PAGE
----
It’s tough to show off your hard-earned physique when you’re out in public. All that heavy lifting has to be covered up by jeans, sweaters, and coats. But when you wear a t-shirt, your forearms and wrists are the instant indicators of the strength and muscle you’ve developed in the gym. Big forearms and wrists indicate to the world that you can move a lot of weight when training.
But bigger forearms and wrists aren’t just about looking good, they are extremely important for improving your strength in other lifts and areas. This article will take a look at how to develop greater muscle through your forearms and wrists.
What Muscles Make Up The Forearms and Wrists?
Your forearms muscles work in conjunction with the biceps, and you can’t get one big without the other. Between the forearm and the wrist, there are many muscles including 20 just in the forearm itself. Some of these notable muscles include:
- Flexor carpi Ulnaris
- Palmaris longus
- Flexor carpi radialis
- Pronator teres
- Flexor pollicis longus
- Flexor digitorum profundus
All these muscles work in conjunction with each other, and the wrist, to grasp onto things and hold them. The muscles of the forearm and wrists are also important for performing flexion at the wrist and fingers.
They also are important with pronation and are involved in big strength training lifts and small everyday movements. You need strong forearms and wrists for lifting a barbell, swinging a golf club, or just opening a jar.
What Are the Best Exercises to Get Bigger Forearms and Wrists?
Directly targeting the forearms and wrists is effective, but true growth starts with the larger compound movements that recruit them. Exercises such as the deadlift are one of the best all-around muscle building exercises, and that includes the wrists and forearms.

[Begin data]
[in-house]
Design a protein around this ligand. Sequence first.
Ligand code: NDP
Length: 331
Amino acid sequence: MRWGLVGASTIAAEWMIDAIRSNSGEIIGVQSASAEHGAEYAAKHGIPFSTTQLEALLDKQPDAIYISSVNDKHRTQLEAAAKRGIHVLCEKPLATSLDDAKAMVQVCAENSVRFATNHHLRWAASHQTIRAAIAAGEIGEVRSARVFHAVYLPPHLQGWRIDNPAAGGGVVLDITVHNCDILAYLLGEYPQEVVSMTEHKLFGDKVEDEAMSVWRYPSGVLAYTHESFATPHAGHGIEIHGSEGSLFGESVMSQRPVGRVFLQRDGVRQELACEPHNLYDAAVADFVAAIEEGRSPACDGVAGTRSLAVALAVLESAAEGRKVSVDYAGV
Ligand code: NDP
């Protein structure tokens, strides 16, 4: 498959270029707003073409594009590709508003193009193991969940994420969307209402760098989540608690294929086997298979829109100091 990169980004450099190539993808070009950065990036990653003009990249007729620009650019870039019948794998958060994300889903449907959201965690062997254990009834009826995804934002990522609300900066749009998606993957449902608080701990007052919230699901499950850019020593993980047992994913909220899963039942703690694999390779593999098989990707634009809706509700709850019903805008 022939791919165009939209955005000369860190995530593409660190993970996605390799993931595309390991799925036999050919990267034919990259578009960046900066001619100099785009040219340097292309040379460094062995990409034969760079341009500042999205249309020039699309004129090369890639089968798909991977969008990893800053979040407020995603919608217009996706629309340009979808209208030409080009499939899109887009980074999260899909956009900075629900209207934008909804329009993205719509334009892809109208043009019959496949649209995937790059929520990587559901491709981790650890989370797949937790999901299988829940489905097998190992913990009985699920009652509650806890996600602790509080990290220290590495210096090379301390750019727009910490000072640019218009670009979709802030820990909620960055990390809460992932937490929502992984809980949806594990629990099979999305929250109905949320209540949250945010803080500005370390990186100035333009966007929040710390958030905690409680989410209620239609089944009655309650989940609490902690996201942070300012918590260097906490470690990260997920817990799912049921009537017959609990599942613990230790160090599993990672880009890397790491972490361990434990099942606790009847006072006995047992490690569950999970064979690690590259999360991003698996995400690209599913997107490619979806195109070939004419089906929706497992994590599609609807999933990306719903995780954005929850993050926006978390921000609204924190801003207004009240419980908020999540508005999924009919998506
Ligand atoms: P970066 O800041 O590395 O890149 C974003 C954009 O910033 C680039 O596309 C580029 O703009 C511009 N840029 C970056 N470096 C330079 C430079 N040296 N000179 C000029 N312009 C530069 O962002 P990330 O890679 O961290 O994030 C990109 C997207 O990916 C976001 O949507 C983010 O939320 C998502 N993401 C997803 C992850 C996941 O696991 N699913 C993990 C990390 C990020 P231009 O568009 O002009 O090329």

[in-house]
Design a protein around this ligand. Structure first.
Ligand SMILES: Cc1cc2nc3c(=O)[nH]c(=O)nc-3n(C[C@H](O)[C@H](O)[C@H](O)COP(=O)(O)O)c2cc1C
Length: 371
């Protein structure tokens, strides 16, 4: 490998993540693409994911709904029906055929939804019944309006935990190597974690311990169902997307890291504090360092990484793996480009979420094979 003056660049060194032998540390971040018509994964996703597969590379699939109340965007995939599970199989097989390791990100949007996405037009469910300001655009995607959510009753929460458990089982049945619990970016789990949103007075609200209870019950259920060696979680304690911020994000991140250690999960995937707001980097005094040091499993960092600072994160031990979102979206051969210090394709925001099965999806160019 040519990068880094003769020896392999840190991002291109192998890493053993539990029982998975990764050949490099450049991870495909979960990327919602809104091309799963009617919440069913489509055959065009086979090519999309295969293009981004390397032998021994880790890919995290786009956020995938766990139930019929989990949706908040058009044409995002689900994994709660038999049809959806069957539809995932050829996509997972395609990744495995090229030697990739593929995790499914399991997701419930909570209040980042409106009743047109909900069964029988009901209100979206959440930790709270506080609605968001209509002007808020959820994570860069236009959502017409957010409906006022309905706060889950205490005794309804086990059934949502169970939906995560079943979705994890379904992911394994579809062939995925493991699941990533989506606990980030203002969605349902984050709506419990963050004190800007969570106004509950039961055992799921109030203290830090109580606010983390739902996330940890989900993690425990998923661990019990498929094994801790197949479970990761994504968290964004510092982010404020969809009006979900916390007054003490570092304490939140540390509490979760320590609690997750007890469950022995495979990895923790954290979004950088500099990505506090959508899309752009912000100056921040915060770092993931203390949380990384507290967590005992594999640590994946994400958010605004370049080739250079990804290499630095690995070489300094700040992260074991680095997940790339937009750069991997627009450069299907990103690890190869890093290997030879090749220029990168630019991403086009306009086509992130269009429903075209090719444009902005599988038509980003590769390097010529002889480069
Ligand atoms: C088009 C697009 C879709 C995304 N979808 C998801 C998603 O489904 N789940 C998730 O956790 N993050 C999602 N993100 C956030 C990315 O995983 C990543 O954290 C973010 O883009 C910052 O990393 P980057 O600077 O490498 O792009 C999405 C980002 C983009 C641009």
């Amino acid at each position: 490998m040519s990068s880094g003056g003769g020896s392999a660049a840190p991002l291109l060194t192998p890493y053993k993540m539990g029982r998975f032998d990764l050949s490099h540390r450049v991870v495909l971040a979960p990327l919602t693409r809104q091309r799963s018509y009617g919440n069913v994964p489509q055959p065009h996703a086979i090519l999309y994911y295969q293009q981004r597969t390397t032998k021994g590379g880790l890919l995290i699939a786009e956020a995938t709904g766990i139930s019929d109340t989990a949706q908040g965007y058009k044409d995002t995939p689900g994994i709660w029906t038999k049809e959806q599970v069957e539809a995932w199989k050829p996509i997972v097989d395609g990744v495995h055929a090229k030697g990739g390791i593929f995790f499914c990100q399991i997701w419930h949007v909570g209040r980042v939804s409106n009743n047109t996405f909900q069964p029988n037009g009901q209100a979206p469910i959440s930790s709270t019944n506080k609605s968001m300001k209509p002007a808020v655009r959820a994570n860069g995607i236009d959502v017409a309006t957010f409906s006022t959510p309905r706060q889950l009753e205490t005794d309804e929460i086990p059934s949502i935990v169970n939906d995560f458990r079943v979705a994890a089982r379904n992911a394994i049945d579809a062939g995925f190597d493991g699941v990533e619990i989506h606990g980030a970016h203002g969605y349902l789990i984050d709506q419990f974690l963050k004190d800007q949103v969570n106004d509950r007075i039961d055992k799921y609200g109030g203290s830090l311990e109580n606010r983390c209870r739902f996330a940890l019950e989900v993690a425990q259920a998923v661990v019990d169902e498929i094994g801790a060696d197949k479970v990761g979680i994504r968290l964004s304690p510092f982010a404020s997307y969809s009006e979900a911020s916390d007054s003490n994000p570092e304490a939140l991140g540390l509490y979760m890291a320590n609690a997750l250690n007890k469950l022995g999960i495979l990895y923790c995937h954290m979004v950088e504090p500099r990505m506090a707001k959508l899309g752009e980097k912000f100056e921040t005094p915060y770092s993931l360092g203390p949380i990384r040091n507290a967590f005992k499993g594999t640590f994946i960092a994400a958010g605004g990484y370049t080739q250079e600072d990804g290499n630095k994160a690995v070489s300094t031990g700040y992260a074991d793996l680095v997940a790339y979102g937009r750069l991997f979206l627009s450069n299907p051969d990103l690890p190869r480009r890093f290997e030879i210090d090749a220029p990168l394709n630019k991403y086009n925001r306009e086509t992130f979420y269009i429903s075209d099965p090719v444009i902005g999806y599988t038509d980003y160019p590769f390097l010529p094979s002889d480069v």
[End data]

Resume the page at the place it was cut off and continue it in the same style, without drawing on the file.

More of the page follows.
You may have noticed after a day of heaving deadlifts that your forearms are quite sore. This is because those 20 different muscles are all involved with the grip of the bar and the movement of the weight.
Deadlifts also work your wrists due to the grip strength required. You may use lifting straps when deadlift–and this can be a great way to lift heavier weights–but if you want bigger forearms and wrists, you may want to try lifting without them.
Lifting straps take away some of the load transfer that would normally be distributed to the wrists and forearms. You will probably have to lighten the load of the bar, but this will help with more muscle building through the forearms.
Studies show that forearm musculature is most active during a double overhand grip or a hook grip too.
Grip strength is one of the reasons people hit failure on the deadlift. Most often, the other muscles haven’t failed, but the grip has. Lifting without straps is the best way to improve that grip strength which will build up the wrist muscles, and help improve your other lifts.
Neutral Grip Pull Ups
When you turn your hands inward to use a neutral grip on the pull-up, you drastically increase the activation of the forearms. More of the weight load of your entire bodyweight gets distributed to the forearms–especially the brachioradialis. This is the biggest muscle of the forearm and is involved with bicep development too.
The grip strength required to lift your entire body weight will also build the muscles of the wrist along with the forearms. If you want the ultimate wrist/grip strengthening pull up, try doing towel pull ups. This is where you drape a towel over a pull up bar and grasp each end of the hanging towel.
You won’t be able to do as many repetitions as a normal pull up, but the load focus on the grip, wrist, and forearms is tremendous, making it one of the best ways to grow and strengthen these muscles.